With apologies to The Beatles, America is experiencing another British Invasion, this time the target being children’s television networks rather than the radio airwaves. And “Peppa Pig,” the charming, laid-back animated series on Nick Jr. that follows the gently amusing, everyday adventures of Peppa and her family – Mummy Pig, Daddy Pig and little brother George – is leading the charge.
This weekend, for the first time in the United States, families can see “Peppa Pig” up-close and personal, as the program makes the transition from the small screen to the stage. The live interactive show, “Peppa Pig’s Big Splash,” snorts its way to the Broward Center for the Performing Arts in Fort Lauderdale on Friday, and to the Fillmore Miami Beach at Jackie Gleason Theater on Saturday.
Of course, not every children’s show gets made into a live production – so just what is it about the sweet, unassuming Peppa Pig that inspired such a leap of faith?
“Peppa started in the U.K., and they’ve done a handful of live incarnations over there, and as the popularity of the brand continued to rise here in the States, we decided to bring one of the productions from the U.K. and adapt it further,” says tour producer Jonathan Shank, senior management executive at Red Light Management. “I will say this about ‘Peppa’: There are some great shows that have come out of the BBC in the U.K., and keeping everything authentic to the original voices and the original brand and culture, I think was really important to its success globally.
“I don’t necessarily know whether the [U.S.] kids understand it all,” he continued, “but I think that they find it really cute and honest and something that is overall just a fun show.”
Shank, 40 – whose current clients also include Victoria Justice, Coco Jones, Megan & Liz and the Fresh Beat Band, and who previously managed such diverse artists as Eve, Paul Oakenfold and the Grateful Dead – says kids who love watching “Peppa Pig” on TV can expect more similarities than differences from the live show.
“It takes place in a familiar setting,” he says. “We have the schoolhouse and Peppa’s house and various scenery, and there are a lot of story lines that are related to all the Peppa themes throughout the TV show, like jumping in muddy puddles, and George and his dinosaur, and playing games that Peppa loves to play.”
The biggest difference, says Shank, is that in the live show, Peppa and her friends are life-size puppets, maneuvered by actors who stand behind them. And the auditioning process was brutally competitive.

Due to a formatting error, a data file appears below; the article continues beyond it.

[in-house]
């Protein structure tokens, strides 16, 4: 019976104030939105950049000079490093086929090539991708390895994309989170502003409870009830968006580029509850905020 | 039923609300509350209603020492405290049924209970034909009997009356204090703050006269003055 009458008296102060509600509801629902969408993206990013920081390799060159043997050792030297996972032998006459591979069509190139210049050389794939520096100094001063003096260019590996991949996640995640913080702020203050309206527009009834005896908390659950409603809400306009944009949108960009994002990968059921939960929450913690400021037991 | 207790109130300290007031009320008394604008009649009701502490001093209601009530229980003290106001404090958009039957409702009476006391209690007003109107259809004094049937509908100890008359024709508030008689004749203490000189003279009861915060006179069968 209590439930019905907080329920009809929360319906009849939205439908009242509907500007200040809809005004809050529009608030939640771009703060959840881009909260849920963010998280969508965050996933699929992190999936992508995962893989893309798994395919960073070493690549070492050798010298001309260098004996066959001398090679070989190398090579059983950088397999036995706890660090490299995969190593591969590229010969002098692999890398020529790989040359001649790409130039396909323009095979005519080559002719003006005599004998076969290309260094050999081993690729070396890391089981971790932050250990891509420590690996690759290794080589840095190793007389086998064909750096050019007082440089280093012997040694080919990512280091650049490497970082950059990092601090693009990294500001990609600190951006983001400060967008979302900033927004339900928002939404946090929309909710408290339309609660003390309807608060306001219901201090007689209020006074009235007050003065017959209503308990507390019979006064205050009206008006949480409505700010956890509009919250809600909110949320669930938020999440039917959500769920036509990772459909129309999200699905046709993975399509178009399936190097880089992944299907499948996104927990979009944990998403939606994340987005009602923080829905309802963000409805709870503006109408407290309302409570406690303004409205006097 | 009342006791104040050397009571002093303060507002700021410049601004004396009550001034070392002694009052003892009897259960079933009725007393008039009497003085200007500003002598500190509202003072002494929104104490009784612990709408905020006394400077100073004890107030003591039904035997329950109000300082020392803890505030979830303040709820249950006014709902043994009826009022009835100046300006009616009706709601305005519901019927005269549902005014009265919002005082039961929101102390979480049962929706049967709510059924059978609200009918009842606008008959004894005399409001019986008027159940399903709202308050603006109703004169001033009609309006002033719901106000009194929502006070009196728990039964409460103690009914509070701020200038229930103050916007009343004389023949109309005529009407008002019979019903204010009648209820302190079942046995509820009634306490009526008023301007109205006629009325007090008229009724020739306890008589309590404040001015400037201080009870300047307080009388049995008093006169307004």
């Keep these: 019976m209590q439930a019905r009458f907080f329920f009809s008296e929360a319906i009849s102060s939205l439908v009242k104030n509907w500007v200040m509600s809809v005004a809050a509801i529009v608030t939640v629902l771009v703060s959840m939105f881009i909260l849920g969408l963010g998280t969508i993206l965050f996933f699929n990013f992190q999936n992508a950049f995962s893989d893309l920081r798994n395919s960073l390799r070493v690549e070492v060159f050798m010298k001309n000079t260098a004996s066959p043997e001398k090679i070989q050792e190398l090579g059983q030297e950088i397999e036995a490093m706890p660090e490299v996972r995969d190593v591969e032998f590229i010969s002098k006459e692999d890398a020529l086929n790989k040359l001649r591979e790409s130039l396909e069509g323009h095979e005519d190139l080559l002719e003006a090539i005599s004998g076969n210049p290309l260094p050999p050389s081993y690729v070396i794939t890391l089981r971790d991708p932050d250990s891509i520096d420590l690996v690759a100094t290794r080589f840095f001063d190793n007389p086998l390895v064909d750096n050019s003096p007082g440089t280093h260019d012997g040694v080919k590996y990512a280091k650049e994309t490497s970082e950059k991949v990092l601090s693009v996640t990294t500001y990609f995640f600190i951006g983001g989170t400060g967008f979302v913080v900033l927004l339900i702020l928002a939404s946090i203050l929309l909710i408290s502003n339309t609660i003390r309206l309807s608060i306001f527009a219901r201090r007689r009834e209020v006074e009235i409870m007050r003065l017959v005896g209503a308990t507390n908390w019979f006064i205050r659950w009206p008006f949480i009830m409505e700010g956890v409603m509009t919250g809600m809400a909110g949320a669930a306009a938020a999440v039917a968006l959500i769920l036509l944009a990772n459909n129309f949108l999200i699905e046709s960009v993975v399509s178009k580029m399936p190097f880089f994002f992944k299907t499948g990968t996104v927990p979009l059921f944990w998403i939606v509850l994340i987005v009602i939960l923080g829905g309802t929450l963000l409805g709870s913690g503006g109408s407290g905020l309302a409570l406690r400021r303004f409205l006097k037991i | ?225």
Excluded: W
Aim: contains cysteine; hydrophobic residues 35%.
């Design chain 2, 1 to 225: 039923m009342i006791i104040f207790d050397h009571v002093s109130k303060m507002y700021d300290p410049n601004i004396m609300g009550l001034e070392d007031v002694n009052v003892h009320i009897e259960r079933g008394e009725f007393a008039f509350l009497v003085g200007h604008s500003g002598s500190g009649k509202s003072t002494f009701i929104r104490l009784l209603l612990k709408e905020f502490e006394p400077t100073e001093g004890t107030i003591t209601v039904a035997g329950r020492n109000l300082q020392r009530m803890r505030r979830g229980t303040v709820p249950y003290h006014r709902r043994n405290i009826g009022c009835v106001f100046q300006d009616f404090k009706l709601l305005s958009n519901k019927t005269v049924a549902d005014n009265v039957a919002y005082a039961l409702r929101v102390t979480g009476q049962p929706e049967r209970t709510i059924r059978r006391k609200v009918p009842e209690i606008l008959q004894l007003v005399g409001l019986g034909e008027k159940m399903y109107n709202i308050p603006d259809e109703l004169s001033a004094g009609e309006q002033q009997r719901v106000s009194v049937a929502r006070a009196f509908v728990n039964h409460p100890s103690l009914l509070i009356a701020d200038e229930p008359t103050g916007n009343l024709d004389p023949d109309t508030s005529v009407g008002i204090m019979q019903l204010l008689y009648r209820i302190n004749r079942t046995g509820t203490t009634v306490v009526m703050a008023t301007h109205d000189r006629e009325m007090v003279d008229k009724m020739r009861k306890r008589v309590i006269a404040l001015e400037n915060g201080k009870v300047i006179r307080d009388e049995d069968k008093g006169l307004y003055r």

“We had almost 2,000 actors audition for the positions, which came down to six or seven spots,” says Shank. “And having an amazing English accent was important, but snorting was a real prerequisite for the casting of the actors in the show, which they all do very profoundly [laughs].”
One of the “chosen few” from the auditioning pool was Evan Michael, who portrays Daddy Pig in the live production.
“I am loving this opportunity,” says Michael, 32, who says he put his career in broadcast journalism on hold – he’s been a reporter and morning-news anchor for CBS and ABC – to be a part of this production. “It is quite a treat and a thrill to be playing this iconic character, and it’s a great preview of the dad that I want to be when I get to have a family myself. Because you can’t help but love Daddy Pig – how he communicates, and how he acts, and how he deals with the kids.”
And yes, how he snorts.
“I almost had to take a snorting class just to make sure I could impress the kids,” says Michael, “with not only how loud he can be, but Daddy Pig can hold that snort, all the way from looking audience-left to audience-right, so everybody gets to experience it.”
To Michael, the reason for the success of the “Peppa Pig” franchise is simple.
“It is so fun,” he says. “It’s an hour and 15 minutes that’s not only infectious for the audience, but for the performers as well. We are taken away by how nuts the kids go. And it’s for the whole show.”